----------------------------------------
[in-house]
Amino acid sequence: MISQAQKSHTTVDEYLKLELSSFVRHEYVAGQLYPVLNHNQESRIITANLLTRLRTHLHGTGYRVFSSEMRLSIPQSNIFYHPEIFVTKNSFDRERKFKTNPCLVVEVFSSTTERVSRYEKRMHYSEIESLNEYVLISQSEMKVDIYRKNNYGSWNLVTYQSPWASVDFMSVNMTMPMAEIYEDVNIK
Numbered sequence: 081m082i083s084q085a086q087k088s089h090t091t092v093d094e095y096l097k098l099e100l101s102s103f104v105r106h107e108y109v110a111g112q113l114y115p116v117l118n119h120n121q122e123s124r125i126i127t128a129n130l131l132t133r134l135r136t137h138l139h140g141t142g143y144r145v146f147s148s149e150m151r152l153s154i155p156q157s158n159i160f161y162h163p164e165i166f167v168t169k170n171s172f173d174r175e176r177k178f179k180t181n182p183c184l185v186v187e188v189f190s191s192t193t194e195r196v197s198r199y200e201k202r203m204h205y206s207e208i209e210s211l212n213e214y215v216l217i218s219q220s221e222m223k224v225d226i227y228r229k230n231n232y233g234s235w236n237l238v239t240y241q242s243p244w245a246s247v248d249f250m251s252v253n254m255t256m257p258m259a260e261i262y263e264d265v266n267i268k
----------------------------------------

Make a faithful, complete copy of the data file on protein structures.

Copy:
[in-house]
Amino acid sequence: MISQAQKSHTTVDEYLKLELSSFVRHEYVAGQLYPVLNHNQESRIITANLLTRLRTHLHGTGYRVFSSEMRLSIPQSNIFYHPEIFVTKNSFDRERKFKTNPCLVVEVFSSTTERVSRYEKRMHYSEIESLNEYVLISQSEMKVDIYRKNNYGSWNLVTYQSPWASVDFMSVNMTMPMAEIYEDVNIK
Numbered sequence: 081m082i083s084q085a086q087k088s089h090t091t092v093d094e095y096l097k098l099e100l101s102s103f104v105r106h107e108y109v110a111g112q113l114y115p116v117l118n119h120n121q122e123s124r125i126i127t128a129n130l131l132t133r134l135r136t137h138l139h140g141t142g143y144r145v146f147s148s149e150m151r152l153s154i155p156q157s158n159i160f161y162h163p164e165i166f167v168t169k170n171s172f173d174r175e176r177k178f179k180t181n182p183c184l185v186v187e188v189f190s191s192t193t194e195r196v197s198r199y200e201k202r203m204h205y206s207e208i209e210s211l212n213e214y215v216l217i218s219q220s221e222m223k224v225d226i227y228r229k230n231n232y233g234s235w236n237l238v239t240y241q242s243p244w245a246s247v248d249f250m251s252v253n254m255t256m257p258m259a260e261i262y263e264d265v266n267i268k